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Life in Brief — week of Aug. 25

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Study looks at accidents,
role of five beer brands

Nationwide, roughly a third of all visits to emergency rooms for injuries are alcohol related. Now a new study suggests that certain beverages may be more likely to be involved than others.

The study, carried out over a year at the Johns Hopkins Hospital in Baltimore, found that five beer brands were consumed most often by people who ended up in the emergency room: Budweiser, Steel Reserve, Colt 45, Bud Ice and Bud Light.

Three of the brands are malt liquors, which typically contain more alcohol than regular beer. Four malt liquors accounted for nearly half of the beer consumption by emergency room patients, even though they account for less than 3 percent of beer consumption in the general population.

Previous studies have found that alcohol frequently plays a role in emergency room admissions, especially those stemming from car accidents, falls, homicides and drownings, said the lead author of the study, David H. Jernigan of the Johns Hopkins Bloomberg School of Public Health.

Jernigan said that the breakdown of liquor consumption in the study may be particular to Baltimore, and that he and his colleagues are hoping to study other cities as well. The findings could have policy implications, potentially influencing labeling requirements and marketing for higher-alcohol beers, Jernigan said.

— Anahad O’Connor

New York Times

Hints from Heloise:

Bring solar lights inside
if electrical power lost

E.K. in Statesville, N.C. writes: During a recent terrible wind- and rainstorm, I lost all the electrical power to my home. I started checking the flashlights and lanterns. I thought, Why not use the solar lights out by the walk? They’ll furnish light all night for the bathrooms and stairs. I brought four in, wrapped their stakes with paper towels and stood them up in tall drinking glasses. They shined brightly all night.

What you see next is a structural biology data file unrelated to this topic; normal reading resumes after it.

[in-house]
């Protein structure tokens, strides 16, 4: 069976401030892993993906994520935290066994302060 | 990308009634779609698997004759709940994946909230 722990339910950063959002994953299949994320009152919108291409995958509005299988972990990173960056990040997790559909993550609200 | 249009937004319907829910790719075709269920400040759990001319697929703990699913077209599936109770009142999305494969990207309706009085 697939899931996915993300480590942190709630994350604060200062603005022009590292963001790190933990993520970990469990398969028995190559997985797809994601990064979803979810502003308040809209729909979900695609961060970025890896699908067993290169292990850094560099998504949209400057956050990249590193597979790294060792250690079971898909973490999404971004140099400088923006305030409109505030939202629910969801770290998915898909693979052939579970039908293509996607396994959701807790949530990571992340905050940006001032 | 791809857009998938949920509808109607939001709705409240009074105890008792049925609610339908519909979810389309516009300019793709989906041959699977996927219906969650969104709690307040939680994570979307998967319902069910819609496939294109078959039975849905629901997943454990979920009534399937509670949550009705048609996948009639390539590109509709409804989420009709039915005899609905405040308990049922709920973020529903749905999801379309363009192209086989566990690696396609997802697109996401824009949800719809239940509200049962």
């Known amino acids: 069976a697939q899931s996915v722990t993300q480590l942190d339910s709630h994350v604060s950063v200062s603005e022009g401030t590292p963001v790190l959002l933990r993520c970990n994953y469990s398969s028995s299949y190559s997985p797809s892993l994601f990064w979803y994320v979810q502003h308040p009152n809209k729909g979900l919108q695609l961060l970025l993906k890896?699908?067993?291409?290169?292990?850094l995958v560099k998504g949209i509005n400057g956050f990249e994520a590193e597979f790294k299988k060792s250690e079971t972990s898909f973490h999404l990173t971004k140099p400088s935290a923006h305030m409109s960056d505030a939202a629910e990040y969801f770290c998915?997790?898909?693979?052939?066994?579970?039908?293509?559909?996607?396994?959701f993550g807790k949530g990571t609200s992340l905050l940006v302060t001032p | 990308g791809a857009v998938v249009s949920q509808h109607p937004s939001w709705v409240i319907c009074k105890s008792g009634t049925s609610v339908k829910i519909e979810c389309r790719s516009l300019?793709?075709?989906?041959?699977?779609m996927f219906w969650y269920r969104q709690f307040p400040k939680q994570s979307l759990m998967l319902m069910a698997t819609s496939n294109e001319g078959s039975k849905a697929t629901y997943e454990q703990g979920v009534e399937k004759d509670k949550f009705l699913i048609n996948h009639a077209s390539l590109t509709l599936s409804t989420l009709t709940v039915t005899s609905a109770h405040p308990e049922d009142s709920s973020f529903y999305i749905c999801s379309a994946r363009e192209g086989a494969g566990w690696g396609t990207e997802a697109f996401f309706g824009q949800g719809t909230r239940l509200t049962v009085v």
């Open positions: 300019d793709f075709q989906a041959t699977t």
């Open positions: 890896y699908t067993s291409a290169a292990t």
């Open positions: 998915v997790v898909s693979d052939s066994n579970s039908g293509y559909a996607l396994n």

A Reader writes via email: Whenever serving hot dishes, I first fill the serving bowls with hot water to warm them up so that the hot food doesn’t cool down in a cold bowl.

— King Features

Survey explores how long
kids should stay at home

How long is too long for adult children to remain at home before they are pushed out to fend for themselves?

According to a new Coldwell Banker survey of more than 2,000 adults, the answer depends on whether the responder is 55 or older or is a millennial age 18 to 34.

The survey found that for parents 55 and older, it’s okay for adult children to live at home for up to three years. Millennial parents, however, say adult kids should be able to remain in the nest for as long as five years.

For children who have gone off to college and returned home, the millennial parents say they should be able to stay home for six years. For parents 55 and older, however, they should be out of the house within four years.

Psychotherapist Dr. Robi Ludwig, who helped Coldwell Banker conduct the study, said that unlike many baby boomers, millennials are in less of a rush to strike out on their own given the economy, the employment situation, the cost of living and the mountain of student debt they’ve accumulated.

— Christopher Seward

Atlanta Journal-Constitution


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